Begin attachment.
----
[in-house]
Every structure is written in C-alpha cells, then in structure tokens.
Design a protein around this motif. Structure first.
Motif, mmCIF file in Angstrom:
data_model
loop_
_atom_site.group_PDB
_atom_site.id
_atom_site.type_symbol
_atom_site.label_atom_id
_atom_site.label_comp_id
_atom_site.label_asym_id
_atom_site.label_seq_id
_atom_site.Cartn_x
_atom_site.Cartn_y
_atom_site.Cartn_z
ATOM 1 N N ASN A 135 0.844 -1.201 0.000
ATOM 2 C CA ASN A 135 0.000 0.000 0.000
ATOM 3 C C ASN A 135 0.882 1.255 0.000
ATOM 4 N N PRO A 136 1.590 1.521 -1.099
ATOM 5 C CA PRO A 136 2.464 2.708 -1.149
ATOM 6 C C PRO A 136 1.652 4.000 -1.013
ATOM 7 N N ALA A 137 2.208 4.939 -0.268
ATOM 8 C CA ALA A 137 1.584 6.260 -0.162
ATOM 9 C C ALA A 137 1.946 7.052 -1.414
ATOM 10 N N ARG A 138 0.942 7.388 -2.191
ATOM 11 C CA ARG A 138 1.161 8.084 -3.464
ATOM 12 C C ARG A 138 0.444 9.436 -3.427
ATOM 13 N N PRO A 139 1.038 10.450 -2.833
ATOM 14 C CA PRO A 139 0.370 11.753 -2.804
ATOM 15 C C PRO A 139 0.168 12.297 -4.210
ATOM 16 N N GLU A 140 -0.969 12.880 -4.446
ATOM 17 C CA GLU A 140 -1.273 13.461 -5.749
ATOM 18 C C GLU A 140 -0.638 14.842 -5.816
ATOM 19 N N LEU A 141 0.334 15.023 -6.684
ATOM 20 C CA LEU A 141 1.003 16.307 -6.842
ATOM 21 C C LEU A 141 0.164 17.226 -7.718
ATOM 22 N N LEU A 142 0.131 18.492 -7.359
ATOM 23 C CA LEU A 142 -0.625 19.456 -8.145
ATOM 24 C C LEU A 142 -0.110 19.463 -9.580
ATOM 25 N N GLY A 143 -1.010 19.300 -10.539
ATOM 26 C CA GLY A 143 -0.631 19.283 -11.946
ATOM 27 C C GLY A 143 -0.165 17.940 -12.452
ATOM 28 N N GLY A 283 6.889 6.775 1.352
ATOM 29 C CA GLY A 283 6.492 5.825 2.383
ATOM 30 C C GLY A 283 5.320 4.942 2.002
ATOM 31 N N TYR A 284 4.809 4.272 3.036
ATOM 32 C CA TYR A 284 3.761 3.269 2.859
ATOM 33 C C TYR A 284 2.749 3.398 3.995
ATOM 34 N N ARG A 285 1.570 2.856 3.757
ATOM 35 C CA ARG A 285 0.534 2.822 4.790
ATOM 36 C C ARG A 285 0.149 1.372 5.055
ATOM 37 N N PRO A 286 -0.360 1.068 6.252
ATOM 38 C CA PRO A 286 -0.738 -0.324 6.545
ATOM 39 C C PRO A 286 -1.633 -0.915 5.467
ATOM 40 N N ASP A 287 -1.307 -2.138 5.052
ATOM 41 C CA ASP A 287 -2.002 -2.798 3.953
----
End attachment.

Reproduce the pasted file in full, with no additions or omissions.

[in-house]
Every structure is written in C-alpha cells, then in structure tokens.
Design a protein around this motif. Structure first.
Motif, mmCIF file in Angstrom:
data_model
loop_
_atom_site.group_PDB
_atom_site.id
_atom_site.type_symbol
_atom_site.label_atom_id
_atom_site.label_comp_id
_atom_site.label_asym_id
_atom_site.label_seq_id
_atom_site.Cartn_x
_atom_site.Cartn_y
_atom_site.Cartn_z
ATOM 1 N N ASN A 135 0.844 -1.201 0.000
ATOM 2 C CA ASN A 135 0.000 0.000 0.000
ATOM 3 C C ASN A 135 0.882 1.255 0.000
ATOM 4 N N PRO A 136 1.590 1.521 -1.099
ATOM 5 C CA PRO A 136 2.464 2.708 -1.149
ATOM 6 C C PRO A 136 1.652 4.000 -1.013
ATOM 7 N N ALA A 137 2.208 4.939 -0.268
ATOM 8 C CA ALA A 137 1.584 6.260 -0.162
ATOM 9 C C ALA A 137 1.946 7.052 -1.414
ATOM 10 N N ARG A 138 0.942 7.388 -2.191
ATOM 11 C CA ARG A 138 1.161 8.084 -3.464
ATOM 12 C C ARG A 138 0.444 9.436 -3.427
ATOM 13 N N PRO A 139 1.038 10.450 -2.833
ATOM 14 C CA PRO A 139 0.370 11.753 -2.804
ATOM 15 C C PRO A 139 0.168 12.297 -4.210
ATOM 16 N N GLU A 140 -0.969 12.880 -4.446
ATOM 17 C CA GLU A 140 -1.273 13.461 -5.749
ATOM 18 C C GLU A 140 -0.638 14.842 -5.816
ATOM 19 N N LEU A 141 0.334 15.023 -6.684
ATOM 20 C CA LEU A 141 1.003 16.307 -6.842
ATOM 21 C C LEU A 141 0.164 17.226 -7.718
ATOM 22 N N LEU A 142 0.131 18.492 -7.359
ATOM 23 C CA LEU A 142 -0.625 19.456 -8.145
ATOM 24 C C LEU A 142 -0.110 19.463 -9.580
ATOM 25 N N GLY A 143 -1.010 19.300 -10.539
ATOM 26 C CA GLY A 143 -0.631 19.283 -11.946
ATOM 27 C C GLY A 143 -0.165 17.940 -12.452
ATOM 28 N N GLY A 283 6.889 6.775 1.352
ATOM 29 C CA GLY A 283 6.492 5.825 2.383
ATOM 30 C C GLY A 283 5.320 4.942 2.002
ATOM 31 N N TYR A 284 4.809 4.272 3.036
ATOM 32 C CA TYR A 284 3.761 3.269 2.859
ATOM 33 C C TYR A 284 2.749 3.398 3.995
ATOM 34 N N ARG A 285 1.570 2.856 3.757
ATOM 35 C CA ARG A 285 0.534 2.822 4.790
ATOM 36 C C ARG A 285 0.149 1.372 5.055
ATOM 37 N N PRO A 286 -0.360 1.068 6.252
ATOM 38 C CA PRO A 286 -0.738 -0.324 6.545
ATOM 39 C C PRO A 286 -1.633 -0.915 5.467
ATOM 40 N N ASP A 287 -1.307 -2.138 5.052
ATOM 41 C CA ASP A 287 -2.002 -2.798 3.953